Happy Friday! Welcome to the first edition of our weekly commercial real estate news roundup, where we take you through some of the week's most notable events in the industry.
On today's agenda:
Let's get started.
The office space sector in the US has seen its fair share of turmoil thanks to the ramifications of the COVID-19 pandemic. The work-from-home movement, an already highly sought-after idea among employees before the onset of the virus, exploded in notoriety, forcing employers to make some tough decisions about their balance sheet expenses.
The McKinsey Global Institute shares much of the same pessimism around the office space sector, predicting that key cities in the nation will see the value of their office spaces depreciate by nearly $800 billion this decade.
According to their report, office space attendance has stabilized at “30% below pre-pandemic norms.” Because many are no longer tied to city centers, shopping habits have also shifted: McKinsey states that retail store foot traffic in major metropolitan areas “remains 10% to 20% below pre-pandemic levels.”
The solution? Hybrid and work-from-home trends are here to stay. Property owners in both retail and office space will be forced to adapt sooner or later. McKinsey sees flex space and “mixed-use neighorhoods” as possible hedges.
Landlords of affordable housing may be raising rents to market levels soon thanks to the oncoming expiration of several government protections around these rental units.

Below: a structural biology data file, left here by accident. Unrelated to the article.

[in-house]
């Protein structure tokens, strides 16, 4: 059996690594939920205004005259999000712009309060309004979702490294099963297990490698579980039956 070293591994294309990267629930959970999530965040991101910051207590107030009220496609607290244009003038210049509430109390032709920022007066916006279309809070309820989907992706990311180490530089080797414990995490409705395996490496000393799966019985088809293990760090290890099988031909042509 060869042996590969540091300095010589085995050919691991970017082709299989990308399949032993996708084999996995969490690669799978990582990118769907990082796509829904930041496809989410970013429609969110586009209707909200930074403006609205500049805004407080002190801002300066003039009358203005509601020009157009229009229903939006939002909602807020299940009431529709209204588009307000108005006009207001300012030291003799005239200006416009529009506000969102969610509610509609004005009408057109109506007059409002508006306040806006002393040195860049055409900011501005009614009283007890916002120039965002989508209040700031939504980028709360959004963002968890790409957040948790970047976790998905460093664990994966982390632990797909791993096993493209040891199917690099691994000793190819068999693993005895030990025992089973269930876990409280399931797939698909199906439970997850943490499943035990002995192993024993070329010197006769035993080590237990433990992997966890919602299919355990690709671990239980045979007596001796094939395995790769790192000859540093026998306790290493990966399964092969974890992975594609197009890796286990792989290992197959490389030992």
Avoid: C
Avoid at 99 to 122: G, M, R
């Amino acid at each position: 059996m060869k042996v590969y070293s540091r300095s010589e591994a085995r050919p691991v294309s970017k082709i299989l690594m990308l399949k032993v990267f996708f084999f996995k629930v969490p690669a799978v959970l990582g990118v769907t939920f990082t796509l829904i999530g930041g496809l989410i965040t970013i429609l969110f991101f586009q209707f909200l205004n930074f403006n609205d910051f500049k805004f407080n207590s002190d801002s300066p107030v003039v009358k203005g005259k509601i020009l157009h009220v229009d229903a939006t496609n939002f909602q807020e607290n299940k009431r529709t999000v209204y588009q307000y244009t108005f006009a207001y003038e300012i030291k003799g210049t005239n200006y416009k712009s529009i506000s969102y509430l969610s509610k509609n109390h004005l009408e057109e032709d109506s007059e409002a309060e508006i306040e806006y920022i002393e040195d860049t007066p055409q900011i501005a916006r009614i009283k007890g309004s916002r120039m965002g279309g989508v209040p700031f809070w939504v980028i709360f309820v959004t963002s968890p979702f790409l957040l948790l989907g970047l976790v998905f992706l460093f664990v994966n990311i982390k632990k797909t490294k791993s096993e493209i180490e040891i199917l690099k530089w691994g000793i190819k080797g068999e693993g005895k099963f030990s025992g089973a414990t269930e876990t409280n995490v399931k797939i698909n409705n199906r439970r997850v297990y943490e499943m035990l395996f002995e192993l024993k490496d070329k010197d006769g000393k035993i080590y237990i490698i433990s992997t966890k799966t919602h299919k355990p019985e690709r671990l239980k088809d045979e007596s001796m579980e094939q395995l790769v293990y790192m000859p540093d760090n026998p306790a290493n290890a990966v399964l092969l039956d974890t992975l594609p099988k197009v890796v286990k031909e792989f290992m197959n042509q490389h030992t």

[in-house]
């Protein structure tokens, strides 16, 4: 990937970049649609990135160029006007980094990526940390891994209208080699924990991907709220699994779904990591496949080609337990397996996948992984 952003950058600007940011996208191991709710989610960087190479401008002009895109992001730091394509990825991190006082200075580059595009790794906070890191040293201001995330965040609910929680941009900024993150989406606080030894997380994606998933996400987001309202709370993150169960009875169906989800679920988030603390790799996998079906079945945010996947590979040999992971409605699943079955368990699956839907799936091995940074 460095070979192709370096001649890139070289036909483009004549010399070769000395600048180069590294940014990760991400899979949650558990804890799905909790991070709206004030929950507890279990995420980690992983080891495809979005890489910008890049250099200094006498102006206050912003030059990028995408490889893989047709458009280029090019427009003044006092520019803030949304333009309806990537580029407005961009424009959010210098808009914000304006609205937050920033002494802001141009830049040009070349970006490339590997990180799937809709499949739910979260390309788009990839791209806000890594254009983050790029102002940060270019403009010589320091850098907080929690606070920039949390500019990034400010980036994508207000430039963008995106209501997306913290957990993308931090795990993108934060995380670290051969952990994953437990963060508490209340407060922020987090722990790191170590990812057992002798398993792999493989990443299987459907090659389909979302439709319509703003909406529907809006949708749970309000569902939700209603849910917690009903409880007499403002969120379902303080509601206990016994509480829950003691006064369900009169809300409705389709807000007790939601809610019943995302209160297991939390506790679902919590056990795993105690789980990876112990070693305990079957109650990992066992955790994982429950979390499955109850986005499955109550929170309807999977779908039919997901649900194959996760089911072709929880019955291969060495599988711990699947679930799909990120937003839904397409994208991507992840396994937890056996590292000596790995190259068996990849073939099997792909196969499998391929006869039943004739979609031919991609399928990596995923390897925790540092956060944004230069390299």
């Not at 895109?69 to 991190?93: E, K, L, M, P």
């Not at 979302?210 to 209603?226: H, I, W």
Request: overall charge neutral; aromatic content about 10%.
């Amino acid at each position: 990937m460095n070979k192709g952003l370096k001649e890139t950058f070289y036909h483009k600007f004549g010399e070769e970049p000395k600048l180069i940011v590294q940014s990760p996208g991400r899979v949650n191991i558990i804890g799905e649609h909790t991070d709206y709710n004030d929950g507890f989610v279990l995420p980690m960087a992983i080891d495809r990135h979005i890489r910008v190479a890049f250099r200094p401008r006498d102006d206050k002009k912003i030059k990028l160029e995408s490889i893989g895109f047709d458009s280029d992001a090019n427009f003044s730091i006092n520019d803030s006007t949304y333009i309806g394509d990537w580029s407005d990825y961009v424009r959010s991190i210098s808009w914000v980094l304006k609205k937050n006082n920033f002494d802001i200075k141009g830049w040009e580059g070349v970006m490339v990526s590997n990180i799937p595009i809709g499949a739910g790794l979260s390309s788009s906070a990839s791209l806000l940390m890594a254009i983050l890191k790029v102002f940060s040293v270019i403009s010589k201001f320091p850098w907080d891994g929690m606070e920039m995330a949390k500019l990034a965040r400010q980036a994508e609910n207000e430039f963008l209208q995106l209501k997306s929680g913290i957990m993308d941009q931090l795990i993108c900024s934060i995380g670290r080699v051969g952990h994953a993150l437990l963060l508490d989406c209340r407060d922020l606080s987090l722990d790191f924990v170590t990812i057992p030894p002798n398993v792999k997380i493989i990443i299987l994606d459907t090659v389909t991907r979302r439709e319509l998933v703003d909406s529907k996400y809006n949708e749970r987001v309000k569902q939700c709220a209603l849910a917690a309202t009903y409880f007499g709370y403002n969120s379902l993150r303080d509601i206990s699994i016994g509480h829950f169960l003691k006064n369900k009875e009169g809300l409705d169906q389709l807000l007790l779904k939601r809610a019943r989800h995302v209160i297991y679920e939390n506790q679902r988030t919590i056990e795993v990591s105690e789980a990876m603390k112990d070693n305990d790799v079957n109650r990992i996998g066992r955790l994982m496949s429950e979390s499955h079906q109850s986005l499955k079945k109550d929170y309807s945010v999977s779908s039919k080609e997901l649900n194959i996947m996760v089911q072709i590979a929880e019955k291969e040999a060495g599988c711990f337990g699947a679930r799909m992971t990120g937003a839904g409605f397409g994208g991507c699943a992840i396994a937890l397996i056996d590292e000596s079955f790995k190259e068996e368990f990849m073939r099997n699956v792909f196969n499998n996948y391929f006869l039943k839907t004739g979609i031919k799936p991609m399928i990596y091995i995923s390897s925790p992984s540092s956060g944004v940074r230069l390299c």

One of the government protections in question is a 30-year tax credit program that was built to incentivize the construction of affordable housing units and keep rents low. With that on its way out, the speculation around what could happen next isn't looking good.
According to Moody's Analytics, nearly 200,000 low-cost affordable housing units in Dallas, Chicago, and Houston could see their rents rise to meet average market rates by 2027.
To recoup lost income and compensate for rising expenses, landlords of affordable housing are already starting to opt out of the aforementioned government tax incentive, putting long-term renters of affordable housing in difficult situations.
Not everybody feels like New York City's commercial real estate market is headed for disaster: Some developers, in fact, are still filing plans to build in the city while keeping its affordability crisis top-of-mind.
Notably, four major developers have filed plans to build a total of nearly 6 million square feet of new commercial real estate in NYC in an effort to free themselves of a stagnant holding pattern. These include The Chetrit Group, Extell Development, The Domain Companies, and Taconic Partners.
These new plans for development come about despite the recently terminated 421a tax relief program. But the strategy, as most speculate, may be for these well-funded developers to leverage interest rate volatility and produce higher long-term returns via ownership groups.
Here are some other notable events going on in the commercial real estate industry this week.
Thanks for reading this week's commercial real estate news! Until next week, stay diligent, do your research, and happy investing.